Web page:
The Cultural Gutter

geek chic with mad technique

"We are all in the gutter, but some of us are looking at the stars." -- Oscar Wilde

Interview with Margaret Sixel

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The Los Angeles Times has an interview with Margaret Sixel, editor of Mad Max: Fury Road. “I wanted every single shot to progress the story. I don’t like repetition. And I think we applied that rule religiously throughout the film….I watched a film last night and they kept cutting back again and again and the […]

“The Blaxploitation Horror Films of 1974”

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“During the 1970’s Black filmmakers found their voices by making films that spoke to urban audiences in a way that had never been done before. Films like Sugar Hill, Abby, The Zebra Killers and so many more packed theaters with audiences hungry for Horror Movies where the Black Guy didn’t die first. 40 years later, Black horror films have made a […]

“The Posters of Eva Švankmajerová”

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Mubi has a collection of film posters designed by Eva Švankmajerová, Surrealist painter, writer and filmmaker. Learn more about Eva Švankmajerová with an posthumous interview with Gwendolyn Albert, the translator of her novel, Baradla Cave.

“Bombay Mix”

Please enjoy an hour of rare Bollywood synth funk (and an interview with DJ Fitz who put the mix together). (via @BethLovesBolly)

“Stanley Kubrick’s Original Treatment for The Shining

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Cinephelia & Beyond collects the original treatment for Stanley Kubrick’s The Shining as well as interviews with Kubrick about working on the script with novelist Diane Johnson. (Thanks, Mark!)

“Reel Romance: Favorite Film Discoveries of 2015”

Nitrate Diva shares her favorite classic film discoveries of 2015! “A theme that connects most (though not all) of these movies is unlikely or unexpected romance. In Second Floor Mystery, two strangers flirt through coded messages and elaborate fictions, modeled on potboiler clichés. In Heaven Can Wait, a playboy reflects on the value of lifelong […]

“Idleness Is An Art Form”

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At Teleport City, the Gutter’s own Keith writes about the Emmanuelle films and the woman who inspired the character. “My first glimpse at European sex films provided escape into a theoretically obtainable world. I decided I wanted to travel, that I wanted to be a writer, that I wanted to trod the earth with nothing […]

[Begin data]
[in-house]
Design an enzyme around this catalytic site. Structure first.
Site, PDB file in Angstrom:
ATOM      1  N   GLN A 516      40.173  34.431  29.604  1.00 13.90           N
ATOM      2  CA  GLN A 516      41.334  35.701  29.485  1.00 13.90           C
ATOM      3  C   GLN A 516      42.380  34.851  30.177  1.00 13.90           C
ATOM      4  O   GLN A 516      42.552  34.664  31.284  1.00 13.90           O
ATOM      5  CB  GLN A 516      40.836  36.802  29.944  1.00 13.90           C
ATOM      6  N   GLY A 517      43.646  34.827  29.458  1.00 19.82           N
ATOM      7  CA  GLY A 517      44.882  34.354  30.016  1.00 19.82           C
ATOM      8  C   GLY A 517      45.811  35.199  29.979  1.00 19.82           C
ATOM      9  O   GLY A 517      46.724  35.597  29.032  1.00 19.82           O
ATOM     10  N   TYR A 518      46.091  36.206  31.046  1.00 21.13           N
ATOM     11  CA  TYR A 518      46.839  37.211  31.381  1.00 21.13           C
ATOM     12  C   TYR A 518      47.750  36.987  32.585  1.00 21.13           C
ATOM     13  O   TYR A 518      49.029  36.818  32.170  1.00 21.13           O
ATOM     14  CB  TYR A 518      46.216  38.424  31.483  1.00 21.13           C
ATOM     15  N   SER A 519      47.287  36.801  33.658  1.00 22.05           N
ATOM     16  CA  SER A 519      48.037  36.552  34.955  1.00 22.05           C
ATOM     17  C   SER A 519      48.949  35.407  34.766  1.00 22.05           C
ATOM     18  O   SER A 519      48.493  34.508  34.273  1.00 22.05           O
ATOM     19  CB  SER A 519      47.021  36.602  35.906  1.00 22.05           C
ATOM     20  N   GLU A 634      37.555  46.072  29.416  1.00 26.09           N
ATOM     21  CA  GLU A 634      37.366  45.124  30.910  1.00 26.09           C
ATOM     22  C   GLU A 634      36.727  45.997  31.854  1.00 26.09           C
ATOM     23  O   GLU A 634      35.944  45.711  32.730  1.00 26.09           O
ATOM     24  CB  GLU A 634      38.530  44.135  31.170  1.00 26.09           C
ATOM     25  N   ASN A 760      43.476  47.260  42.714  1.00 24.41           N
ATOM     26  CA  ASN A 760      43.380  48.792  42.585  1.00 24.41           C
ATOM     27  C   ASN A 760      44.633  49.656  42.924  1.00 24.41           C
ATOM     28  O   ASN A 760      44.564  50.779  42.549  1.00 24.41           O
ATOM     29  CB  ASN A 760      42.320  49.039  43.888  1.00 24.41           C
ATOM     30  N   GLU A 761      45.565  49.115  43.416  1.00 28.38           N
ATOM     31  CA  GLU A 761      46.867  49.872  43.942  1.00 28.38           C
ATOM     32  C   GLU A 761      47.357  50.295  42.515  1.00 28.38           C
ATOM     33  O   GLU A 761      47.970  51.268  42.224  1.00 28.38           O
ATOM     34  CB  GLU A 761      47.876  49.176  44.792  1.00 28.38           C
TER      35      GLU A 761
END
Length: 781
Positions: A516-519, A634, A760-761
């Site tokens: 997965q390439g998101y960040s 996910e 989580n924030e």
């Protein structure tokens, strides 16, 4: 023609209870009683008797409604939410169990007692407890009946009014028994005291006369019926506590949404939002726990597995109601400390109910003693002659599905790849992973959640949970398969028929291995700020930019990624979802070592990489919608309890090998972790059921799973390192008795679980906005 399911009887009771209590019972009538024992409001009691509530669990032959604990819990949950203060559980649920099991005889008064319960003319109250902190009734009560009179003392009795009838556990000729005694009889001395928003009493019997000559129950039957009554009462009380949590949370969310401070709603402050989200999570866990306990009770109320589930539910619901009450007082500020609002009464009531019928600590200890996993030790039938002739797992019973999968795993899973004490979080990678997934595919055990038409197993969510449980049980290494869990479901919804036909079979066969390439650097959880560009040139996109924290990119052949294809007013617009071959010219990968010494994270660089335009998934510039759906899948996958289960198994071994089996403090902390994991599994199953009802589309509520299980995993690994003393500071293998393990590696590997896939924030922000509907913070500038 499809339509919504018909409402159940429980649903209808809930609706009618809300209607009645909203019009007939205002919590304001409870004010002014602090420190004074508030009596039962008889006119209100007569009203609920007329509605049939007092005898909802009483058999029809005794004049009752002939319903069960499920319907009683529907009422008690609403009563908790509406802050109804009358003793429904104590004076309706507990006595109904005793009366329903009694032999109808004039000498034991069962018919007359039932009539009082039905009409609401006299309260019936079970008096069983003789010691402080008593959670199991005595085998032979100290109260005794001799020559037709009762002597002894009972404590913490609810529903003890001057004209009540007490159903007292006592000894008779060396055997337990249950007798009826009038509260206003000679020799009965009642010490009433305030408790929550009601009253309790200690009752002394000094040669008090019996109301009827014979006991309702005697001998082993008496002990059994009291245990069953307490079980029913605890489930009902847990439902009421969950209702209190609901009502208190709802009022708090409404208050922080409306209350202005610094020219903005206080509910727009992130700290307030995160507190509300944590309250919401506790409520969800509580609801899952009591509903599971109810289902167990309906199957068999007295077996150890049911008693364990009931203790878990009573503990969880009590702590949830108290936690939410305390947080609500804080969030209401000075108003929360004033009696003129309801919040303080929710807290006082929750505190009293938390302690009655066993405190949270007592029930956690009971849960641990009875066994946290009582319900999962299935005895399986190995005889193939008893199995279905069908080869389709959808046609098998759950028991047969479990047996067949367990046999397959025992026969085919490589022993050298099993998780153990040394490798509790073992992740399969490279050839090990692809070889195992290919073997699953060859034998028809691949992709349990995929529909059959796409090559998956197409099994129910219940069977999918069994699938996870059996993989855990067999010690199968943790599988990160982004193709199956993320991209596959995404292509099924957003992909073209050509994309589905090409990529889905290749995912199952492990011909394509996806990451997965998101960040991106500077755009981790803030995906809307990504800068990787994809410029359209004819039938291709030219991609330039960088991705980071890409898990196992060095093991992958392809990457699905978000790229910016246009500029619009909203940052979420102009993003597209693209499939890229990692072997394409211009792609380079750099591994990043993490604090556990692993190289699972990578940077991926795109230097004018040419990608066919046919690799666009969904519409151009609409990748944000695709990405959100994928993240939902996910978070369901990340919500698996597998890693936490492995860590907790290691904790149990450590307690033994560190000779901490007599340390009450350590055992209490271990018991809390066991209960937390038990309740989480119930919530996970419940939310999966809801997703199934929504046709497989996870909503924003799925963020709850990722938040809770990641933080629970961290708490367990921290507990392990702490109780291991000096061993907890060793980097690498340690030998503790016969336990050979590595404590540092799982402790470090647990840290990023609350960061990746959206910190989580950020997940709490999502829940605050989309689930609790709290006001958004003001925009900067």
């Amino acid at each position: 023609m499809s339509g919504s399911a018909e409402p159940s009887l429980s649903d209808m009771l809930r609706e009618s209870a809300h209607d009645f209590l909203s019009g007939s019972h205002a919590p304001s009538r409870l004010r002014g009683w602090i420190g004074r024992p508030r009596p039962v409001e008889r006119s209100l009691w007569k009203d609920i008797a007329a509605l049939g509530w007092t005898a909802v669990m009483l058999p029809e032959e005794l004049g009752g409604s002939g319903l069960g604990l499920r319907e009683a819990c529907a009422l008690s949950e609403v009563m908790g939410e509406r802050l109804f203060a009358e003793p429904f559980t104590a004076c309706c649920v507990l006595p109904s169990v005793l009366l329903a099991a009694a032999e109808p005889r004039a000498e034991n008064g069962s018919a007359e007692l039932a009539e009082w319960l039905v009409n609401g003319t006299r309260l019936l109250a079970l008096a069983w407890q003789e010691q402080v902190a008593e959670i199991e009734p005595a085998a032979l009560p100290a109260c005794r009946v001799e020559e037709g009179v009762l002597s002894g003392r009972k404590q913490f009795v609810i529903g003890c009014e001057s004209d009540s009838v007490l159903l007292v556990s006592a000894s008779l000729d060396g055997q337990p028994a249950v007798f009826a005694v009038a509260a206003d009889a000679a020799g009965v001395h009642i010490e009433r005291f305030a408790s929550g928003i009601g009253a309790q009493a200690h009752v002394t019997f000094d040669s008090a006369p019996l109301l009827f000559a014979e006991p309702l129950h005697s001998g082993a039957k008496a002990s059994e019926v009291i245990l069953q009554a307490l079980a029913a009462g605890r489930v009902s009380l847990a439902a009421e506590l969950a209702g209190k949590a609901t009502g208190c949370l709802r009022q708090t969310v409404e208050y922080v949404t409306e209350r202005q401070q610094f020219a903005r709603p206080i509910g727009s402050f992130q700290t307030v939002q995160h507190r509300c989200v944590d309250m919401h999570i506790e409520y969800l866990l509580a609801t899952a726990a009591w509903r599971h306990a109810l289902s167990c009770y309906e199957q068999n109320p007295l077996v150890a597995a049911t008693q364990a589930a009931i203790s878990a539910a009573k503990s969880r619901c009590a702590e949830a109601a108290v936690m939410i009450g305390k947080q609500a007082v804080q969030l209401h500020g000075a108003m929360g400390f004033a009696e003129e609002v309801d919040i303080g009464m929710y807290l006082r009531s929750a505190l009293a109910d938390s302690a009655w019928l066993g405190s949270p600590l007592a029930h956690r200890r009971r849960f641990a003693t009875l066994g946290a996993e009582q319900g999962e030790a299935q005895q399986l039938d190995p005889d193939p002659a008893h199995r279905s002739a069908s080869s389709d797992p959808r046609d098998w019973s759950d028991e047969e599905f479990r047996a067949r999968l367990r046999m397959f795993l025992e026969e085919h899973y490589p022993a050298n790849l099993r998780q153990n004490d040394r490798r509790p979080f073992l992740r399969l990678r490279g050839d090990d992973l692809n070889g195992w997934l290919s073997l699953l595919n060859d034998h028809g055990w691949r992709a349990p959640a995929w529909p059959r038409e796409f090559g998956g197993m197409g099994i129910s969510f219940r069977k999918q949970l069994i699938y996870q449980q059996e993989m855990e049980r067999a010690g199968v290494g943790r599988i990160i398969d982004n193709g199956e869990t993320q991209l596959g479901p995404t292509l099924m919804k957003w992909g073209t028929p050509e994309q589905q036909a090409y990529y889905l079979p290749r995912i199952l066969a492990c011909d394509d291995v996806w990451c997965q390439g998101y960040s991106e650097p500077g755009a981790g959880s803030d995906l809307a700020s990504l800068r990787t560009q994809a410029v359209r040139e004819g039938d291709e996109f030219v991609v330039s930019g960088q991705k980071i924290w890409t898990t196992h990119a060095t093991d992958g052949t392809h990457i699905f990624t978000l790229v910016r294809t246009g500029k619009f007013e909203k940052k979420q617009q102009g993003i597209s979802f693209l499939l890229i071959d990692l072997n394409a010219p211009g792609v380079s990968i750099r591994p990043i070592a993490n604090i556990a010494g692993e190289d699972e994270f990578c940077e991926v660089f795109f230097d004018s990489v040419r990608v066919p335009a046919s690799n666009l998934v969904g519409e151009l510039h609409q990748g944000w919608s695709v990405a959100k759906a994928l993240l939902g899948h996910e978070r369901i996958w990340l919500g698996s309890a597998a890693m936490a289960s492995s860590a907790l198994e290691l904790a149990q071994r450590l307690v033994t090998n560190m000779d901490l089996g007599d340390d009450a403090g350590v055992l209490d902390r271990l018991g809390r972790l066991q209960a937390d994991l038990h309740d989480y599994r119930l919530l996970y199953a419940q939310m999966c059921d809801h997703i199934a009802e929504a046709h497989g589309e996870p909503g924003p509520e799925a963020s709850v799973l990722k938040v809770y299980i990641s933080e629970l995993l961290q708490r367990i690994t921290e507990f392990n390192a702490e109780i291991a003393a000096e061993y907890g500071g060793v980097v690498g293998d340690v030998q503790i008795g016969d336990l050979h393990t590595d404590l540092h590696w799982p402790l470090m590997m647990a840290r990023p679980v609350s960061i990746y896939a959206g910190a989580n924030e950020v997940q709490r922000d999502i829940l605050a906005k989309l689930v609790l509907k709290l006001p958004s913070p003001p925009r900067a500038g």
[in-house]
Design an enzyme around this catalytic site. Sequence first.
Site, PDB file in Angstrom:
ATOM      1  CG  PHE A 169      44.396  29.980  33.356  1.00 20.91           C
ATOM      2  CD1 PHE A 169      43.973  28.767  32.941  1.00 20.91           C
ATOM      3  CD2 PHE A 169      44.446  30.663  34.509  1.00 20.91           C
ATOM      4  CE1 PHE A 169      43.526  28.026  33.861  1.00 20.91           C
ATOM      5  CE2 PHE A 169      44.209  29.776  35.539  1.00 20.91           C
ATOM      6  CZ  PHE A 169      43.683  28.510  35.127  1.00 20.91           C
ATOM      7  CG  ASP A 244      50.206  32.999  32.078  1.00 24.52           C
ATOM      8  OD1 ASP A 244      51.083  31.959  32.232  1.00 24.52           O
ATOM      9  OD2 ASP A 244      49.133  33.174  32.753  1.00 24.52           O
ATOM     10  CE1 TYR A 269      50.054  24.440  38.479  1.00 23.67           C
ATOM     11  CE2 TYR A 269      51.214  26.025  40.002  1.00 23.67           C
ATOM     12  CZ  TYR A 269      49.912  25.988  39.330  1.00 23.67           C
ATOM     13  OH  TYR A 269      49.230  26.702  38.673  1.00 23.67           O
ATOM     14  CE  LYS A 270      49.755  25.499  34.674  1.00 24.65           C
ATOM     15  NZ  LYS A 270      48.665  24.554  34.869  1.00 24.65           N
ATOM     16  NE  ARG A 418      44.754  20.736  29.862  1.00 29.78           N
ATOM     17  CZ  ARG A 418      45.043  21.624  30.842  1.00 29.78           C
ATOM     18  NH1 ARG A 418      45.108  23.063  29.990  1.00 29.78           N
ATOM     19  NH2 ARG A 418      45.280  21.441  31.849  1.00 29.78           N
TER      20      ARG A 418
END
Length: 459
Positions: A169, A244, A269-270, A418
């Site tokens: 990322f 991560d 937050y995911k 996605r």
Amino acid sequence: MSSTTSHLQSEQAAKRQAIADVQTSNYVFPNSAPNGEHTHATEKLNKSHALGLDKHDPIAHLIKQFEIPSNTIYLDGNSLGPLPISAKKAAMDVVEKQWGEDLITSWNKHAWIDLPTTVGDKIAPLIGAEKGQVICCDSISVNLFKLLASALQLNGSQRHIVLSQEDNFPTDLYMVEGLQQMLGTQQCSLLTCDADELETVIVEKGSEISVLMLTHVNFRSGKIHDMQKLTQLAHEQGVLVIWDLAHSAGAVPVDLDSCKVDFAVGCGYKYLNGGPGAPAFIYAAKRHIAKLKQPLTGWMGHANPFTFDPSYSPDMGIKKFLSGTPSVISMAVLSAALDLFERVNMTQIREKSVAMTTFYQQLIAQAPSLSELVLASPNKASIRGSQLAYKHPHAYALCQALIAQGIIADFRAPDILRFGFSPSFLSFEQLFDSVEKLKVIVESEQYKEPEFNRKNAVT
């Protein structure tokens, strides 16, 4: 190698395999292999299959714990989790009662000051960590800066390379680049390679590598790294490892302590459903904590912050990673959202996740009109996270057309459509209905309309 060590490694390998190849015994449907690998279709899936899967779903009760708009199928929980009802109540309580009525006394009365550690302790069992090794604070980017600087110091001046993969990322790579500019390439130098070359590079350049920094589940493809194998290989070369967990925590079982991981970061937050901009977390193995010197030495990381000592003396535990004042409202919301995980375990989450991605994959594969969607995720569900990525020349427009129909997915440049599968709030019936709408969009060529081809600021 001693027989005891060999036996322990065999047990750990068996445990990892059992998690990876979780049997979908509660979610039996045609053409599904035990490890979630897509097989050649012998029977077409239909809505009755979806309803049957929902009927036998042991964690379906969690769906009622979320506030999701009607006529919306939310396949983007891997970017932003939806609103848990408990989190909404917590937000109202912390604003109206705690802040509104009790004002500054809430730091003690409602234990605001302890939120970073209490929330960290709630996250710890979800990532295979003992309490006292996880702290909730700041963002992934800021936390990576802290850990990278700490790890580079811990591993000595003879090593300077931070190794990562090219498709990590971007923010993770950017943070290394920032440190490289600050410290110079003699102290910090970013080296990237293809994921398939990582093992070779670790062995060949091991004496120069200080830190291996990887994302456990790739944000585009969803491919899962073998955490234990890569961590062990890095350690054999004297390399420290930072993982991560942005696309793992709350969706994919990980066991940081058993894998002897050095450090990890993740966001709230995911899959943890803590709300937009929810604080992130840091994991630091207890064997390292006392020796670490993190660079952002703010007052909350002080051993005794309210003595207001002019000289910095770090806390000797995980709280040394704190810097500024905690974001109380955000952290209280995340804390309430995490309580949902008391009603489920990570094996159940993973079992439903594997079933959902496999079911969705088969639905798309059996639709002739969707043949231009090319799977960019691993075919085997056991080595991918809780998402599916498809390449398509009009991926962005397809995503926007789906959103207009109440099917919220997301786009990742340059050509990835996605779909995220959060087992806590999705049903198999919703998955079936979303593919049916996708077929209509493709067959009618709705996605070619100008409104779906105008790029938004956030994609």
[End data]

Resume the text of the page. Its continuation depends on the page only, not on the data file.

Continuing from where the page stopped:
“William Cameron Menzies: Chandu The Magician

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At Movie Morlocks, friend of the Gutter Kimberly Lindbergs writes about William Cameron Menzies and his film, Chandu The Magician (1932). “In recent weeks, you might have heard about the upcoming Doctor Strange film currently scheduled for release in November of 2016. The news caught my attention because I’ve always liked the comic book character […]

The Miracle of Ajooba

INTRO PIC AB2

Ajooba is one of those Bollywood movies that almost everybody dismisses—cheap costumes, awkward giant monsters, make-do special effects—until you get them to actually think about it. Released in 1991, this  bank-breaking Indian and Soviet co-production features a plot that sounds more at home in the 1970s in the golden era of the type of film […]

“A Year With Women”

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Marya Gates has completed her project to watch only movies directed or co-directed by women in 2015. She shares the list of films and her thoughts at Cinema Fantatic. “Normally, I would write this post and talk about a few films I really loved from the year and maybe a theme I noticed in my […]

“‘The Black Dude Dies First’: Origins & More Musings”

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Some thoughts on Black characters dying first at Graveyard Shift Sisters. “I’m a bit sour to the notion that Black characters (always) die first as the issue skitters the line of accuracy. I’ve always watched horror movies a bit removed from this concept, consistently watching films that are more tainted by the formula. If Black […]

“Tamiya Iemon is the Worst”

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At Teleport City, the Gutter’s own Carol writes about The Ghost Story of Yotsuya in its film adaptations and its villain, Iemon, who is the absolute worst.

20 Films Directed By Women

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The Decider has a swank list of movies directed by women all of which are available on Netflix right now. (via The Muff Society)

Interview with Patricia Highsmith

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In a 1988 Sight And Sound interview, Patricia Highsmith talks about film adaptations of her novels, from Strangers On A Train (1950) to The American Friend (1977)

“The Art Of The Gag”